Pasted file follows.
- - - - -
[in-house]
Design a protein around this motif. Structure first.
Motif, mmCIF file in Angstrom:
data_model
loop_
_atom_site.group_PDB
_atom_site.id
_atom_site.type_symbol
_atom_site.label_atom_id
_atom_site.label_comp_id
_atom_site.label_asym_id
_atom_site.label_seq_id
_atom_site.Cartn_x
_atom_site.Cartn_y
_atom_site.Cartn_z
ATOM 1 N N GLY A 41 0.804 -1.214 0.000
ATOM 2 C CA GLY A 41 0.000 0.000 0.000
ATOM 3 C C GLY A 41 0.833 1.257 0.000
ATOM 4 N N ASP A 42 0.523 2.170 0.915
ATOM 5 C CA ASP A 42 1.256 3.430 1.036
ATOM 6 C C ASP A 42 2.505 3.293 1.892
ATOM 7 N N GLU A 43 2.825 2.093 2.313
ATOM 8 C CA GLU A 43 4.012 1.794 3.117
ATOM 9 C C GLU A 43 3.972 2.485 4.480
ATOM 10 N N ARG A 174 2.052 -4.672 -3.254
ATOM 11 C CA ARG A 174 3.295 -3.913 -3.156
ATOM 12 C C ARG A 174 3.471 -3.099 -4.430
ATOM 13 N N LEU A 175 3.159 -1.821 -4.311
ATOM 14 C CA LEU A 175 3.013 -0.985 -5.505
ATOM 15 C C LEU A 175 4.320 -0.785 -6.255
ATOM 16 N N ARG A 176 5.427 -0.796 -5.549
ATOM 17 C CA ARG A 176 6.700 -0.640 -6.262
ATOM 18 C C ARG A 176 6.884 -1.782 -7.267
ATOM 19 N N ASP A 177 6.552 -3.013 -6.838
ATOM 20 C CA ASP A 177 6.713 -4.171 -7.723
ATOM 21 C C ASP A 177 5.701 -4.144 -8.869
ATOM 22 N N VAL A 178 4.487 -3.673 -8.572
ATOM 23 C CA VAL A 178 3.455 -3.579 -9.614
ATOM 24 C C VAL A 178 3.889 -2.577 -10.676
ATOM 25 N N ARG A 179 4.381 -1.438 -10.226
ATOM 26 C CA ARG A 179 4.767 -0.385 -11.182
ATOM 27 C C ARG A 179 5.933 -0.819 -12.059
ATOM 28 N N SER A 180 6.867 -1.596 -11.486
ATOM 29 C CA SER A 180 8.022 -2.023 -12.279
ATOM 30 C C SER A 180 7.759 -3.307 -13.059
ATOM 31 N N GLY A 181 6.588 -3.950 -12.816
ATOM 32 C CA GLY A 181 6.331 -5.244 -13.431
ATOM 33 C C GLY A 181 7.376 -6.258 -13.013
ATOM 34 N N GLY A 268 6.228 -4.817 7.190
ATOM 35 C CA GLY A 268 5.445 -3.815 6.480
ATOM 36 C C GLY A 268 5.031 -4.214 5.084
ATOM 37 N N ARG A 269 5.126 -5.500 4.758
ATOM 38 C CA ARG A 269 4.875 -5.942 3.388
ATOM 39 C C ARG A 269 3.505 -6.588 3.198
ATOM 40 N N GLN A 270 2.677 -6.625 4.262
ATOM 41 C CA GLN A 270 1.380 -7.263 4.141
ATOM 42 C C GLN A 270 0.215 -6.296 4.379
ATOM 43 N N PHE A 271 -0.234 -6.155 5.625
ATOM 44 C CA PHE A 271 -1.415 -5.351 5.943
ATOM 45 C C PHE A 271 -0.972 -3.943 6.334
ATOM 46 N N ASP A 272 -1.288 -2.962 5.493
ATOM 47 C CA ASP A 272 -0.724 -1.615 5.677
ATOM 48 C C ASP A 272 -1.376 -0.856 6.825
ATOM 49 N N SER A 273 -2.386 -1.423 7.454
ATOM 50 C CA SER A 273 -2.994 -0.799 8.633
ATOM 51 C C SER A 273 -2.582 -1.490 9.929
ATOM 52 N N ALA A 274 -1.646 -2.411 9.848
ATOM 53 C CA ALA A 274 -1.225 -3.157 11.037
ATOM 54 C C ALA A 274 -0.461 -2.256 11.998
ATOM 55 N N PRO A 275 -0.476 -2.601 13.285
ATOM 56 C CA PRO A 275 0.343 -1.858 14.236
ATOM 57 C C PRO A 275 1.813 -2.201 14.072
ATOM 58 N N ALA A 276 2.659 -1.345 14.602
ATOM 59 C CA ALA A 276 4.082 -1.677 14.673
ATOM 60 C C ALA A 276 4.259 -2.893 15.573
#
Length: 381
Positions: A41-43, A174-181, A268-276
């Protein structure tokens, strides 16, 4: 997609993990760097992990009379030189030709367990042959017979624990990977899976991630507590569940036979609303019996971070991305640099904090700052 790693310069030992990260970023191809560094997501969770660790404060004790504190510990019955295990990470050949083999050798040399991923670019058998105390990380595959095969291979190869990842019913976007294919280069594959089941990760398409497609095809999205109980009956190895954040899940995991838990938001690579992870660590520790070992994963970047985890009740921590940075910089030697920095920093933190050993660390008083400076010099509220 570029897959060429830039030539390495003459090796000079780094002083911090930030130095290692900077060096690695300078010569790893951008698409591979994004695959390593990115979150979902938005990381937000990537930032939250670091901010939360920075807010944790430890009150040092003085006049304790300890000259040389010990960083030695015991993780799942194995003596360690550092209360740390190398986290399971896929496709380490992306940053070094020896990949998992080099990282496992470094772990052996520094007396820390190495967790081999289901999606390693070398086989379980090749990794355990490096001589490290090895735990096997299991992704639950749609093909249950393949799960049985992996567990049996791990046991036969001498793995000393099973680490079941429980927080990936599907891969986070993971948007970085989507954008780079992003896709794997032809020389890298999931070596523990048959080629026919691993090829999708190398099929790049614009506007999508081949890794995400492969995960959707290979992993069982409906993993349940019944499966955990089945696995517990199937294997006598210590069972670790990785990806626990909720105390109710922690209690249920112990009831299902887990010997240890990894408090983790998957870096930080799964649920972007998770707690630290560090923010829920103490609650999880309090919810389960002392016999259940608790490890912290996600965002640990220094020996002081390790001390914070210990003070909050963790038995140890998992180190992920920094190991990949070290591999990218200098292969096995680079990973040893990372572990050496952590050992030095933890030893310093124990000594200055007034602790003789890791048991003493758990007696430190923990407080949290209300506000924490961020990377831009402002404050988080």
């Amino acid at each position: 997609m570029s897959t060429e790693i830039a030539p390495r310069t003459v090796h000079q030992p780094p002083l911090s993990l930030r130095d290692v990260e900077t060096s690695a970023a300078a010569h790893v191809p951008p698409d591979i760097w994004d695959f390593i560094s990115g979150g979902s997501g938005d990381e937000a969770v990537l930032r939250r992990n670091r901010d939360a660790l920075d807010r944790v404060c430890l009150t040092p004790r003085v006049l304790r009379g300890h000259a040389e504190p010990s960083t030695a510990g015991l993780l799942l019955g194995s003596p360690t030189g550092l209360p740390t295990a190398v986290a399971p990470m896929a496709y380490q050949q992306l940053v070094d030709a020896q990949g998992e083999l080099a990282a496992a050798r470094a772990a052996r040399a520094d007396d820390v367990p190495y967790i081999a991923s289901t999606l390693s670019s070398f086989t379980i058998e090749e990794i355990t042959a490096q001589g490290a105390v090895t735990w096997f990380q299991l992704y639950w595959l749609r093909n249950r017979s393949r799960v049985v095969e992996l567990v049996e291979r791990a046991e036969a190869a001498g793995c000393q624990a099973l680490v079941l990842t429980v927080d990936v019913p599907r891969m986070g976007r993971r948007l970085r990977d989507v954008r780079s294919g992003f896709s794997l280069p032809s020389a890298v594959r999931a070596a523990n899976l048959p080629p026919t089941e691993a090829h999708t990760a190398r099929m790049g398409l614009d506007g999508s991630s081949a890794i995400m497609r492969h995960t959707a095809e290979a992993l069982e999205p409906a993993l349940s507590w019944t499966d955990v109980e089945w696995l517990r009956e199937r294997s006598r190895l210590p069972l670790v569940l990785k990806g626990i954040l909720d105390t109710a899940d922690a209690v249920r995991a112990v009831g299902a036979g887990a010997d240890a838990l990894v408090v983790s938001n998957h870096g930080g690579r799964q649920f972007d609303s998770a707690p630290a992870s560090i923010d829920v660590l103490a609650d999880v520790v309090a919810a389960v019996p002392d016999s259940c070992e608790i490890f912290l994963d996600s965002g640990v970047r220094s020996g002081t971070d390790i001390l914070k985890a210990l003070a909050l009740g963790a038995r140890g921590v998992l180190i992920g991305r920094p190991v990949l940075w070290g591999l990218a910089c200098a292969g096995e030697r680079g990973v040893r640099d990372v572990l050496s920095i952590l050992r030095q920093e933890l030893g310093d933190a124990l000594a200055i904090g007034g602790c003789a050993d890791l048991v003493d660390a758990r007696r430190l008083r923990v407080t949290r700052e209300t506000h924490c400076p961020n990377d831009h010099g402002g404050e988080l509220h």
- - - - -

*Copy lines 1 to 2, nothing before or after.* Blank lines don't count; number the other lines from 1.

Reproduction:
[in-house]
Design a protein around this motif. Structure first.